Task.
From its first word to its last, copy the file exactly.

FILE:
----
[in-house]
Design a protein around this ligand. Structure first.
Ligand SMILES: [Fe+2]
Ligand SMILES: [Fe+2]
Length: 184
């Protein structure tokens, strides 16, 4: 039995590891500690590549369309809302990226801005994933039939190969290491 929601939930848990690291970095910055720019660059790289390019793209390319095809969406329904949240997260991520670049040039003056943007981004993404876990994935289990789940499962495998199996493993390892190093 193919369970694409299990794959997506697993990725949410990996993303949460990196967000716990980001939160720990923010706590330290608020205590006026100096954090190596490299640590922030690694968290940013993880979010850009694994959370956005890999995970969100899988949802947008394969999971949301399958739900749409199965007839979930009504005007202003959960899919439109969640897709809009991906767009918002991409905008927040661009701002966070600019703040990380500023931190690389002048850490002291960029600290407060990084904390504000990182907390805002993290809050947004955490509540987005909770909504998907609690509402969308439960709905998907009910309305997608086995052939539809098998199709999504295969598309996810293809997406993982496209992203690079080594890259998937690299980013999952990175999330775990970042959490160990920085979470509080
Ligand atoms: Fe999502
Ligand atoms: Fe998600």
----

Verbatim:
[in-house]
Design a protein around this ligand. Structure first.
Ligand SMILES: [Fe+2]
Ligand SMILES: [Fe+2]
Length: 184
């Protein structure tokens, strides 16, 4: 039995590891500690590549369309809302990226801005994933039939190969290491 929601939930848990690291970095910055720019660059790289390019793209390319095809969406329904949240997260991520670049040039003056943007981004993404876990994935289990789940499962495998199996493993390892190093 193919369970694409299990794959997506697993990725949410990996993303949460990196967000716990980001939160720990923010706590330290608020205590006026100096954090190596490299640590922030690694968290940013993880979010850009694994959370956005890999995970969100899988949802947008394969999971949301399958739900749409199965007839979930009504005007202003959960899919439109969640897709809009991906767009918002991409905008927040661009701002966070600019703040990380500023931190690389002048850490002291960029600290407060990084904390504000990182907390805002993290809050947004955490509540987005909770909504998907609690509402969308439960709905998907009910309305997608086995052939539809098998199709999504295969598309996810293809997406993982496209992203690079080594890259998937690299980013999952990175999330775990970042959490160990920085979470509080
Ligand atoms: Fe999502
Ligand atoms: Fe998600």